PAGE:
Apr 072016
 

In August 2012, in The value in Mexico of unpaid work in the home, we saw that a study by the National Statistics Institute (INEGI) based on 2010 data had calculated that routine work done in the home (almost 80% of the time-value involved comes from women) was worth about 2.9 trillion pesos to the Mexican economy each year, equivalent to more than 20% of Mexico’s GDP. The INEGI calculations included the costs in time/labor needed to meet the demands of the home, and the net salary that would be paid for someone undertaking similar tasks.

INEGI has just published updated statistics on this topic.  In 2014, unpaid work by women in the home was equivalent to 18% of GDP. This figure means that female contributions in the home continue to make a greater contribution to national GDP than manufacturing (16.7%), commerce (15.5%) or education (4.1%).

The latest INEGI figures show that for every 10 hours that women work (paid or unpaid), men work only 8.3 hours. According to INEGI, the average value of unpaid work by women in the home in rural areas amounted to  51,808 pesos a year (about US$4300 at the then rate of exchange). The value for women married or living with a partner was 61,456 pesos, compared to 26,082 pesos for single women. The average in households which included children under 6 years of age was 60,628 pesos.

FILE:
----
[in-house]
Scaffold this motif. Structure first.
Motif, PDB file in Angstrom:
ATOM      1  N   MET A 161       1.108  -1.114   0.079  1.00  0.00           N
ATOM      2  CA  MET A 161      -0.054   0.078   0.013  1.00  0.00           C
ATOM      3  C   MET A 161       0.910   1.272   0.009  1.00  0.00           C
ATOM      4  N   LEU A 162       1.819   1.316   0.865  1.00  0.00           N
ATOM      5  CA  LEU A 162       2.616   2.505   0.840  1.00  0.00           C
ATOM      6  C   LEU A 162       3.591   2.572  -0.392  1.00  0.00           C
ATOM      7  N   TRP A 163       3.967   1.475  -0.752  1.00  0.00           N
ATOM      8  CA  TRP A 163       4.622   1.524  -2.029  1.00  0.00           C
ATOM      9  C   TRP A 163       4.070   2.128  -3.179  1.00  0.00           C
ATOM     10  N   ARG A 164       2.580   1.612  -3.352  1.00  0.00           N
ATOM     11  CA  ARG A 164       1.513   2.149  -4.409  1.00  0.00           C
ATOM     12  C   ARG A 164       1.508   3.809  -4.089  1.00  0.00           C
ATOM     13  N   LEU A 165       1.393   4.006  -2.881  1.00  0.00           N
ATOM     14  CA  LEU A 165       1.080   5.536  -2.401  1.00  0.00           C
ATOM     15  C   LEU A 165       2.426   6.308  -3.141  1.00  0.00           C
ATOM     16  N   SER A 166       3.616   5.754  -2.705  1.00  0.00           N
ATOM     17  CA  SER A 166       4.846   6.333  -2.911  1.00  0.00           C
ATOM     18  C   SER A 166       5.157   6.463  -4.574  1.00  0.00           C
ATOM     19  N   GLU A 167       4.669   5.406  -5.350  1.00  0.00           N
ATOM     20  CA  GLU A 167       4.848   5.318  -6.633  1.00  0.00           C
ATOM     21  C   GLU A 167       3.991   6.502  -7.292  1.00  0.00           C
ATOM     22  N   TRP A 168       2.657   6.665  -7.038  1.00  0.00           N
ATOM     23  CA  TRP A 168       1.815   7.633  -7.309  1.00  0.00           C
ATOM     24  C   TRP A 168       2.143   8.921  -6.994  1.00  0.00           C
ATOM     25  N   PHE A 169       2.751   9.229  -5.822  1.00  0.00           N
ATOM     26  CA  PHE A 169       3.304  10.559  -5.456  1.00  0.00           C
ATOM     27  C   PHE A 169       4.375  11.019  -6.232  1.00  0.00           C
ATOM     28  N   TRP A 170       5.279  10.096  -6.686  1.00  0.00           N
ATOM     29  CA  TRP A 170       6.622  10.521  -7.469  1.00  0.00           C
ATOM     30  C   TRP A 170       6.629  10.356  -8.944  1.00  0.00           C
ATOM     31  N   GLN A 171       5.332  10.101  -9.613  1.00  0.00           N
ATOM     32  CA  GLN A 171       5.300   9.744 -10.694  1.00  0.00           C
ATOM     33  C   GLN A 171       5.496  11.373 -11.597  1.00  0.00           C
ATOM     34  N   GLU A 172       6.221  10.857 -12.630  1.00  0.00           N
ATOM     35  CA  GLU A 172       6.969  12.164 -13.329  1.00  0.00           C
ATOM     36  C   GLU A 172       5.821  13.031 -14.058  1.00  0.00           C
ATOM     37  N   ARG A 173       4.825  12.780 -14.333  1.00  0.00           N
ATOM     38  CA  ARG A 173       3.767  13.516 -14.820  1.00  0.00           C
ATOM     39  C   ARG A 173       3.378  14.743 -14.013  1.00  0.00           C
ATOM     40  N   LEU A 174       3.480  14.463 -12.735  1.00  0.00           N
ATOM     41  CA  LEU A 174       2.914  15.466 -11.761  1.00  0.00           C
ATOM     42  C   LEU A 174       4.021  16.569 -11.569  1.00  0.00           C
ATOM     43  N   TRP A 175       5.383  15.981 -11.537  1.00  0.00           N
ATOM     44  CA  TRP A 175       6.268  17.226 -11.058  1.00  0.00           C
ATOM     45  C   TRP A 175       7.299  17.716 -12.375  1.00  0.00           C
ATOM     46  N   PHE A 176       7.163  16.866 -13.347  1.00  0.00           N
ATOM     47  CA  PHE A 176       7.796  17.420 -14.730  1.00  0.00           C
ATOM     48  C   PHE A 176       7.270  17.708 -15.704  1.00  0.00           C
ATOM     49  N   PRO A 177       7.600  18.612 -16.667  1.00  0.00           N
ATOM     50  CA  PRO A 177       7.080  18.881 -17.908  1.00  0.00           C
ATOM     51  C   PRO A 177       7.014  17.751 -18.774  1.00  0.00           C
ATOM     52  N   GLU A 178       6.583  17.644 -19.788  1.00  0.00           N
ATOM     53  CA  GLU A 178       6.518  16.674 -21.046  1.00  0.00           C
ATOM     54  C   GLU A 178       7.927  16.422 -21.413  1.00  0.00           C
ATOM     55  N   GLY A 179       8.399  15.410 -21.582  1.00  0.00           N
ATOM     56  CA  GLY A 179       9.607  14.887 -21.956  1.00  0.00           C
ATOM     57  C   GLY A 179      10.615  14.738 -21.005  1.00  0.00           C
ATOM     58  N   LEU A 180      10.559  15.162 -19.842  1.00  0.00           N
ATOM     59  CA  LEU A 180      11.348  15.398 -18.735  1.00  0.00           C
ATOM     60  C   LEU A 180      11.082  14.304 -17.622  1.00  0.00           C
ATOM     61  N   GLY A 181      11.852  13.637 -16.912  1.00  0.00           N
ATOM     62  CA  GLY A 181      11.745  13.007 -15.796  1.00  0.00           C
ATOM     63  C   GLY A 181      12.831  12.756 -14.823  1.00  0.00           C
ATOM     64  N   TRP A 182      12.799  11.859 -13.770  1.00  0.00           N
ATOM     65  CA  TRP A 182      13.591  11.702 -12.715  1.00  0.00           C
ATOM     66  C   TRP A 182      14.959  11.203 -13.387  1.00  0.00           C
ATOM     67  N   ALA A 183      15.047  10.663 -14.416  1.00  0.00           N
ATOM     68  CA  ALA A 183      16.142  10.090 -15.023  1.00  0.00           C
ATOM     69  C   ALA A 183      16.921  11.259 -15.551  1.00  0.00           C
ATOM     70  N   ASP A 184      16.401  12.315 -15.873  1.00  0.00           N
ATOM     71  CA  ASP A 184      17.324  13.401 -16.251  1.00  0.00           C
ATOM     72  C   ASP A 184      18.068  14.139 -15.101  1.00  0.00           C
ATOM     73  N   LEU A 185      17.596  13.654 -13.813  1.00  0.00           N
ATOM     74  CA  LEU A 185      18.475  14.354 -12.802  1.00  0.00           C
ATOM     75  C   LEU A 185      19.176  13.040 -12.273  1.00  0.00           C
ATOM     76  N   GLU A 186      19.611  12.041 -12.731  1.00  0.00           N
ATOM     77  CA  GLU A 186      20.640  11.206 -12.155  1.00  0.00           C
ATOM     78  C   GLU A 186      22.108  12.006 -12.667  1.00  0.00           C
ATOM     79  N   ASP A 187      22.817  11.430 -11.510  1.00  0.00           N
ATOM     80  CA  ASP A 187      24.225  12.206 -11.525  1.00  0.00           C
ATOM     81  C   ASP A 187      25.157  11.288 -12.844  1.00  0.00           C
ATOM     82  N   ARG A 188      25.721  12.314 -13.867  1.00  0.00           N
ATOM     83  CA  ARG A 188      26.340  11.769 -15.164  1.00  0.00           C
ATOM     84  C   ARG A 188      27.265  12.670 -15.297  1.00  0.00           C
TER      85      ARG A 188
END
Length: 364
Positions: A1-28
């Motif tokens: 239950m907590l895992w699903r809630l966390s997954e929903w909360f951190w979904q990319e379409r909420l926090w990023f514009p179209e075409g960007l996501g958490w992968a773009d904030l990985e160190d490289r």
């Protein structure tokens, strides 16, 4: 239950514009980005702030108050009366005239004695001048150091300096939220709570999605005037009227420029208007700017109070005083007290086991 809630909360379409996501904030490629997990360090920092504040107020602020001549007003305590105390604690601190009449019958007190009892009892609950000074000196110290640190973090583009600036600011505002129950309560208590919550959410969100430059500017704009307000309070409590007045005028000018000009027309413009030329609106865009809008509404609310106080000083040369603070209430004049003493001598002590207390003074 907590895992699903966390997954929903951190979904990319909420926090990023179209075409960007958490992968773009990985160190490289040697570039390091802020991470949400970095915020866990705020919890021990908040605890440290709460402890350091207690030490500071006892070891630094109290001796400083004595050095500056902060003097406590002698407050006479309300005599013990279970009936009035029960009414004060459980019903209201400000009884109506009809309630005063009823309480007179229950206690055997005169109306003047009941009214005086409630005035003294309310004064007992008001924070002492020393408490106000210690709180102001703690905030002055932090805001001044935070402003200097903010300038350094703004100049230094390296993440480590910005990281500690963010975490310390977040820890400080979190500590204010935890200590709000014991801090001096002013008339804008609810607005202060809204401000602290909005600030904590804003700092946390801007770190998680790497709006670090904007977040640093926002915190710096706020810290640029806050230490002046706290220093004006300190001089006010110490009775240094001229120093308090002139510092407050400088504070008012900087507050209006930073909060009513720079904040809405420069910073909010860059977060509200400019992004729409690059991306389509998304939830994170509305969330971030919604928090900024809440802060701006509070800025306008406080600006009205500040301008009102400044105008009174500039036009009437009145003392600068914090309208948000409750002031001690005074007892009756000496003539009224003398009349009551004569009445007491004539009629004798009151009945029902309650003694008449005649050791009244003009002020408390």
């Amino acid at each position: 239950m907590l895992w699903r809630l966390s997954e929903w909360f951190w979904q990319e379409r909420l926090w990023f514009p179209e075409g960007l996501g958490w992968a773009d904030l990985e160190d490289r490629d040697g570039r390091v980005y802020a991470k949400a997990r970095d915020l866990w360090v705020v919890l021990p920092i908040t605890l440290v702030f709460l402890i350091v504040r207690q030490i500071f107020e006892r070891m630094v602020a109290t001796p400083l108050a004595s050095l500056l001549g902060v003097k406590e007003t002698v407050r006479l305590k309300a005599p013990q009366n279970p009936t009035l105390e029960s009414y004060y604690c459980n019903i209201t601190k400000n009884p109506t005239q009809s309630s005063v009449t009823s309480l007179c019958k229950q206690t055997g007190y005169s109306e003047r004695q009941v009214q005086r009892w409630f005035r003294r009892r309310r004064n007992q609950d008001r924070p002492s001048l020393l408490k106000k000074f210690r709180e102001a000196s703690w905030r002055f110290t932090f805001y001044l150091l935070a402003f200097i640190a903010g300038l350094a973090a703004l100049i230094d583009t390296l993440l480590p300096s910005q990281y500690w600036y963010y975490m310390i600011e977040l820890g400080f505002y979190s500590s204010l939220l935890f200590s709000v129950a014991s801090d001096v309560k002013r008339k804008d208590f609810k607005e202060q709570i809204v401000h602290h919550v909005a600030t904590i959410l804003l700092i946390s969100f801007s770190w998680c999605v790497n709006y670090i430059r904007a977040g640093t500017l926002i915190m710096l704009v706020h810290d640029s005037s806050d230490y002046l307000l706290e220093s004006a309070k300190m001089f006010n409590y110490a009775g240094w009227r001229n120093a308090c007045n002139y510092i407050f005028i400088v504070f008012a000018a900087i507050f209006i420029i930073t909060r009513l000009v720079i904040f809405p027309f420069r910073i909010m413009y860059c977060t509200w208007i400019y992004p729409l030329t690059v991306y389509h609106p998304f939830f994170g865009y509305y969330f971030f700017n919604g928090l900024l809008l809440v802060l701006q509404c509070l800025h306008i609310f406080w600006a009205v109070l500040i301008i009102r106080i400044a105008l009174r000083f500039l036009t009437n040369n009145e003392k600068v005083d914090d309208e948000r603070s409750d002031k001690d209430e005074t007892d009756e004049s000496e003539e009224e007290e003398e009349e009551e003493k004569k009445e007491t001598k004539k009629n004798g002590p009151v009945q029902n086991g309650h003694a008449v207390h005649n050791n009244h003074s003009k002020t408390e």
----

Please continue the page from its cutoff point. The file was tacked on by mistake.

Of 29 million Mexicans in employment (in 5.7 million economic units), women account for 43.8% (graph):

% of women in different sectors of the workforce

% of women in different sectors of the workforce, 2014

The figures do reveal a slight decrease in gender inequality since the employment of women is rising slightly faster than that of men, by about 2.0%/year compared to the overall figure of 1.4%/year. In 2014, about 50% of service workers, 34.5% of manufacturing workers, and 11.0% of construction workers were female.

Related posts:

Apr 042016
 

The world’s first ecological museum was designed and built in Mexico, at the archaeological site of Xochicalco, in the state of Morelos. The museum, about thirty kilometers south of Cuernavaca, was built as part of Mexico’s celebrations to commemorate the 500th anniversary of the voyage of Christopher Columbus.

The project, which overs 12,676 square meters, was begun in 1993. Basic construction was completed in 1994 and the museum was formally inaugurated in April 1996.

Xochicalco is an interesting archaeological site, best known for its astronomical significance. Some archaeologists have made a case that its most lavishly-decorated pyramid commemorates a major conference of astronomers, held here in the eighth century AD, in order to plan a calendar adjustment.